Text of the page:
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Publication National Survey of Crime Severity

Robert Figlio, Simon Singer, Paul Tracy, Marvin Wolfgang

June 1, 1985    NCJ 96017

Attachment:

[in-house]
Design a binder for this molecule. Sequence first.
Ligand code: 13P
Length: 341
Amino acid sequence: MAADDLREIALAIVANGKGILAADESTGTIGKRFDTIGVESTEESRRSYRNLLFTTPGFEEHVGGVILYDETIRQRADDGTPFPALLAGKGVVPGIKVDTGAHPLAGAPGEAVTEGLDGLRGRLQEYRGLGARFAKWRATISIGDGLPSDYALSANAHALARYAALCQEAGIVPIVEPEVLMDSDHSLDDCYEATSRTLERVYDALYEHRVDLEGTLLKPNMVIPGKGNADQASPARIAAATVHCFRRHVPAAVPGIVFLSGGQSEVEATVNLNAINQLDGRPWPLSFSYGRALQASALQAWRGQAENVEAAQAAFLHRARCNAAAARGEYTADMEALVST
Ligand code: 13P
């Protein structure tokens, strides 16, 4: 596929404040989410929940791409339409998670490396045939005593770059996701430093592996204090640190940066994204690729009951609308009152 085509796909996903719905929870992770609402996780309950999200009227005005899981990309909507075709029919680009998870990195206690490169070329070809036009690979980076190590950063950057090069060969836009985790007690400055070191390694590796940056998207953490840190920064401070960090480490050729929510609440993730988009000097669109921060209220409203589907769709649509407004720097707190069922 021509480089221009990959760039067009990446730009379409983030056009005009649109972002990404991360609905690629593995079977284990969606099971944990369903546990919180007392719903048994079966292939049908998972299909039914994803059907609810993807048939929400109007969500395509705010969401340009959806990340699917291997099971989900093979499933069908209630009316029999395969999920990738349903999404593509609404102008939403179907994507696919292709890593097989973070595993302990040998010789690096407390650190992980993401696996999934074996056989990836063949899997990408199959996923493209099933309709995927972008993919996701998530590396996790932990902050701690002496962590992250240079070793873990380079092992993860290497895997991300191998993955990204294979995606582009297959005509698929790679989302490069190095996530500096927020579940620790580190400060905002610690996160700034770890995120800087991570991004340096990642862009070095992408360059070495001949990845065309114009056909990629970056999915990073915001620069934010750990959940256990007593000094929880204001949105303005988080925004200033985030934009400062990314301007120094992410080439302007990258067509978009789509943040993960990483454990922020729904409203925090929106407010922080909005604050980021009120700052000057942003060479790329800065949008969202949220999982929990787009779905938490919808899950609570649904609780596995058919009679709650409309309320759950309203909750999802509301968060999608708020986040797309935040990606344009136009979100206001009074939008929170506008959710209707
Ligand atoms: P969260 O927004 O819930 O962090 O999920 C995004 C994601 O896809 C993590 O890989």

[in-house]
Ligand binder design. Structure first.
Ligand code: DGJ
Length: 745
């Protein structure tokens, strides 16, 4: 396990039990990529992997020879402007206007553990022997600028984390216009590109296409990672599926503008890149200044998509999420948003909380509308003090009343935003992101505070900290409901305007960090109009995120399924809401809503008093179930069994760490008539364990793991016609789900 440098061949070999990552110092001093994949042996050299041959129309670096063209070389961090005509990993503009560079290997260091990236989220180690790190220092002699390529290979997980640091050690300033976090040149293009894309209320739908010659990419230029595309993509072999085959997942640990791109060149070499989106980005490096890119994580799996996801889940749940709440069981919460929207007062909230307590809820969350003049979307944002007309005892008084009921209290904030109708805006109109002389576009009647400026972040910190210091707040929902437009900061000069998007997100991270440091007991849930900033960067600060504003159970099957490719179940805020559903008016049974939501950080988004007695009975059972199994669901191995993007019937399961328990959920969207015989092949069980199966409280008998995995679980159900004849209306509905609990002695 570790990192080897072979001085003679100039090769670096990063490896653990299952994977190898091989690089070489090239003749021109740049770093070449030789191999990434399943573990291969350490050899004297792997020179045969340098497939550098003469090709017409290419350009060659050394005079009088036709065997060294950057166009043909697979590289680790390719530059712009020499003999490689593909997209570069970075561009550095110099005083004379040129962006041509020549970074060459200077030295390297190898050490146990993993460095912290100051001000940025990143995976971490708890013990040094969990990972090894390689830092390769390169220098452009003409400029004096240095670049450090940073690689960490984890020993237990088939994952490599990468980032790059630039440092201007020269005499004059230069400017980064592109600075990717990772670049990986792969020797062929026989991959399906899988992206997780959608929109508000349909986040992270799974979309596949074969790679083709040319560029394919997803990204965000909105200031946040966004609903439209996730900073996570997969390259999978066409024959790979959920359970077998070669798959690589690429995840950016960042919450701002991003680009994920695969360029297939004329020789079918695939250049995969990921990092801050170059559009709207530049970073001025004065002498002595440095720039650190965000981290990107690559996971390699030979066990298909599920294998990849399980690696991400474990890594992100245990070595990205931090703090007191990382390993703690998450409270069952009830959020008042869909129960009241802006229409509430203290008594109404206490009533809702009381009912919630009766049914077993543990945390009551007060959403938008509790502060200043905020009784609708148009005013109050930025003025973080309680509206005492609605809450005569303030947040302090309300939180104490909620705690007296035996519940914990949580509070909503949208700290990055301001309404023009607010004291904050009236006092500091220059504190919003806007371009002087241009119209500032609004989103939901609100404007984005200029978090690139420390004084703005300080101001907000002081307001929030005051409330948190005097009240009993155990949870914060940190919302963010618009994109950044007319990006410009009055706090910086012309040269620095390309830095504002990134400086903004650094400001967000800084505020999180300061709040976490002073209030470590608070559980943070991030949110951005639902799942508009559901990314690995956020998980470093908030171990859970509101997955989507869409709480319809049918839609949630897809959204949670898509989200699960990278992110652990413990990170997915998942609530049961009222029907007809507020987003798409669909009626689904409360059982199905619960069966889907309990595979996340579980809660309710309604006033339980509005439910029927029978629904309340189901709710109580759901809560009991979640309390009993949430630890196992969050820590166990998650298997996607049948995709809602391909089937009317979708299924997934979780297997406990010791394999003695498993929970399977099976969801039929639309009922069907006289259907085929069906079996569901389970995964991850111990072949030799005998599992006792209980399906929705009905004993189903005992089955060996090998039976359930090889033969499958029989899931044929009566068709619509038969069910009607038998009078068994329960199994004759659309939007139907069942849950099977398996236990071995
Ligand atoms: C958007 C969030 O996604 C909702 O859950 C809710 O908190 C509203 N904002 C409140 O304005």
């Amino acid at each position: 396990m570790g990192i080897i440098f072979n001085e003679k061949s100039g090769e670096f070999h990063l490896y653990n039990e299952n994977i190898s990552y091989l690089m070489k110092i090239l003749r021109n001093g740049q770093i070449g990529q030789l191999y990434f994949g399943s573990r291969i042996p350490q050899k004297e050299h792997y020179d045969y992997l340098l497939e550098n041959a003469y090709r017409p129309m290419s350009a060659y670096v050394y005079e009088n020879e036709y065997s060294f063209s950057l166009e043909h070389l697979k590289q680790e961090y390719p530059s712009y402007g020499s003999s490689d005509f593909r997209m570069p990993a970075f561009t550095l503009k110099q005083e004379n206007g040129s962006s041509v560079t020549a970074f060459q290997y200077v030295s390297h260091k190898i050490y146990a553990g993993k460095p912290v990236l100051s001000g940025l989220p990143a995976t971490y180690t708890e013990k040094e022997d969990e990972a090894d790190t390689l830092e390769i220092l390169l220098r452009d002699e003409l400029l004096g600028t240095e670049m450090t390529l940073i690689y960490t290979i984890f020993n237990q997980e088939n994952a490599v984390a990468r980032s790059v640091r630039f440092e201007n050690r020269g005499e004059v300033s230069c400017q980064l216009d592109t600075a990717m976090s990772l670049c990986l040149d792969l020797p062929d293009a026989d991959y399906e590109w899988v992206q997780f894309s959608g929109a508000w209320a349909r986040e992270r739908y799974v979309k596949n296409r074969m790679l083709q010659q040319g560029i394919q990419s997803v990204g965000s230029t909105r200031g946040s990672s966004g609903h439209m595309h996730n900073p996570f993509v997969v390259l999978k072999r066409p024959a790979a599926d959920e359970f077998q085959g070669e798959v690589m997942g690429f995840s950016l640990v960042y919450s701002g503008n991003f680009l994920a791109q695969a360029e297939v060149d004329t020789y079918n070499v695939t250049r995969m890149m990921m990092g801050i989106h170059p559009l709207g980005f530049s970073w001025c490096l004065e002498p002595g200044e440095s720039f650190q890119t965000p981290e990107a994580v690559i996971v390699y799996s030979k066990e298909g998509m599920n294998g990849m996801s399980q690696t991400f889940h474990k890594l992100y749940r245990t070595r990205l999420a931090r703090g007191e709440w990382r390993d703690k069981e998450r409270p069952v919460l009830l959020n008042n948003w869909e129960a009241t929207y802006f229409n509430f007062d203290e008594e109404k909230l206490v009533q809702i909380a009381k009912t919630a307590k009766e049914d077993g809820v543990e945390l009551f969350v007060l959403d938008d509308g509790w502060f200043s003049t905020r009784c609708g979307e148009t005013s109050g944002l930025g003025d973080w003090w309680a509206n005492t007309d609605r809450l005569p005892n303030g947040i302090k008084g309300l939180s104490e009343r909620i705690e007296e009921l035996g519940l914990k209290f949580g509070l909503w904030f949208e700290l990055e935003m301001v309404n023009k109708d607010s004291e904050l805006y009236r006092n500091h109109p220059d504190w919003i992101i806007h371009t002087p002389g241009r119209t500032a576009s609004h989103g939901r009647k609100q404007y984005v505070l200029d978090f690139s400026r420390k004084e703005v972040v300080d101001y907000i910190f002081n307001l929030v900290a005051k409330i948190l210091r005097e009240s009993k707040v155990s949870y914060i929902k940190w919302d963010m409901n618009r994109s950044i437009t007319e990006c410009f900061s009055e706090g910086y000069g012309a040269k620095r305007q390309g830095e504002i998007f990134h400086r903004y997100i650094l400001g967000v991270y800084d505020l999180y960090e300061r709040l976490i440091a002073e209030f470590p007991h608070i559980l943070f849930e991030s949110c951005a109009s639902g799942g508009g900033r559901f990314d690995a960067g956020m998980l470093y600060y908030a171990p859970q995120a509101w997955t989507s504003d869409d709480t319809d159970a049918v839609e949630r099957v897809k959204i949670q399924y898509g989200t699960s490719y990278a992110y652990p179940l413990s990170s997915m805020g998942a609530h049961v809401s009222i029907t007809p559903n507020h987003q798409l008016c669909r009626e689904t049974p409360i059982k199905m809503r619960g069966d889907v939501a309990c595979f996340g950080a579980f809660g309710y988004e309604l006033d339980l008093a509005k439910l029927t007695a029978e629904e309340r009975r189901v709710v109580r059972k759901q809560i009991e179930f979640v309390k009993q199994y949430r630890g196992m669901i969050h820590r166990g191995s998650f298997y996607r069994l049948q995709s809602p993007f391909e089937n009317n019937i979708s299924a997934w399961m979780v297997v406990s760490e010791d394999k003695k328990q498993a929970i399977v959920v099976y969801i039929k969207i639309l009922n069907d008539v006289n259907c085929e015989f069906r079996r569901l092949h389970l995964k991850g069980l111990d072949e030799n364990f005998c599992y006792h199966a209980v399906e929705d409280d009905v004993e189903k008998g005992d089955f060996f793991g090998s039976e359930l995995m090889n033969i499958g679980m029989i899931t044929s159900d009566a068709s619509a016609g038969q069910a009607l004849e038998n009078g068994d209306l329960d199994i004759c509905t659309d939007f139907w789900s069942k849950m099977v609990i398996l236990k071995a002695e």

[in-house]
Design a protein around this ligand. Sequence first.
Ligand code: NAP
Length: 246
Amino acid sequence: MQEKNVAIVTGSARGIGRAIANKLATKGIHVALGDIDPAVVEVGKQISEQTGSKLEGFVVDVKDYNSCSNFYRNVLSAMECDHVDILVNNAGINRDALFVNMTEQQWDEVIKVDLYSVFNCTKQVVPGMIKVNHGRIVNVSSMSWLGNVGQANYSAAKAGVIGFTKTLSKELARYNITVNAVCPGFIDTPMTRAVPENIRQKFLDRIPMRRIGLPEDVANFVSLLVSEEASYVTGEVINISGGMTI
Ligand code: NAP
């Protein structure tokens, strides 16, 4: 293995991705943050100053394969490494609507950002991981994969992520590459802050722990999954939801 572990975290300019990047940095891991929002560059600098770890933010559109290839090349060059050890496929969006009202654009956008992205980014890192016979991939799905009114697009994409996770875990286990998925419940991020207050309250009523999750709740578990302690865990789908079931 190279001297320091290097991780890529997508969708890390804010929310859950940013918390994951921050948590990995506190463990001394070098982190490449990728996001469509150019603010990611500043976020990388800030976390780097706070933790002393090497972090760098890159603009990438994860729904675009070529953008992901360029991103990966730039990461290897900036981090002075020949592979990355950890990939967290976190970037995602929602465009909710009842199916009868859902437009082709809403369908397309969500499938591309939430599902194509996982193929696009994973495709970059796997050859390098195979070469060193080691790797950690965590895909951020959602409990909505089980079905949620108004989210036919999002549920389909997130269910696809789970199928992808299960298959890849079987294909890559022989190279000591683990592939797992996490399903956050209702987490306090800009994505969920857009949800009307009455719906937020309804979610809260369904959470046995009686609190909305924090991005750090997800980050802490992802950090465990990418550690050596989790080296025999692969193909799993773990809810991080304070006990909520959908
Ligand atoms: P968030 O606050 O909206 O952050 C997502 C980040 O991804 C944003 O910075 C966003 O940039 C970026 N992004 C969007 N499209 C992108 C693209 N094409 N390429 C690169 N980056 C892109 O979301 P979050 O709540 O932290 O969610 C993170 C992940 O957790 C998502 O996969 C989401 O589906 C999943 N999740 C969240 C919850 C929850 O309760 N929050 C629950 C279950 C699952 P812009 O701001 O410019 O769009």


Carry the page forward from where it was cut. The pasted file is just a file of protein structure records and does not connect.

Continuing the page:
The survey measures the public's assessment of the severity of 204 crime vignettes, including traditional offenses covered in existing crime statistics as well as a number of nontraditional crimes. The study uses a magnitude method of estimation, in which a respondent can assign any value to any item -- the scale has no upper limit. Geometric means and ratio scores are calculated from the values assigned by respondents. Chapters 1 through 4 of this report describe the study background and include detailed discussion of a number of methodological issues that were considered in developing the scale, including validation of the scale, the problem of additivity, and relationship between perceived severity of an offense and offender-victim weapon types. Chapters 5 and 6 describe the pretesting and administration of the survey, including revisions made in the study plan as a result of pretesting, the sample design, and the procedures followed by the U.S. Bureau of the Census in conducting the interviewing. Chapters 7 and 8 present findings from the survey, on both national and regional levels. The effect of demographic variables on assessing crime severity is also discussed. Chapter 9 indicates how the scale can be applied; this chapter includes a number of criminal justice applications. A summary of findings from this study was published in the Bureau of Justice Statistics Bulletin, 'The Severity of Crime,' NCJ-92326, January 1984. Another volume, the 'Sourcebook of Crime Severity Ratios for Core-item Offenses,' 850 pp., NCJ-96239, available only in microfiche because of its length and technical nature, presents tables of crime severity ratios for various demographic characteristics by census regions and divisions, Office of Management and Budget regions, States, Standard Metropolitan Statistical Areas, major cities, and the total U.S. population. (Author abstract modified)

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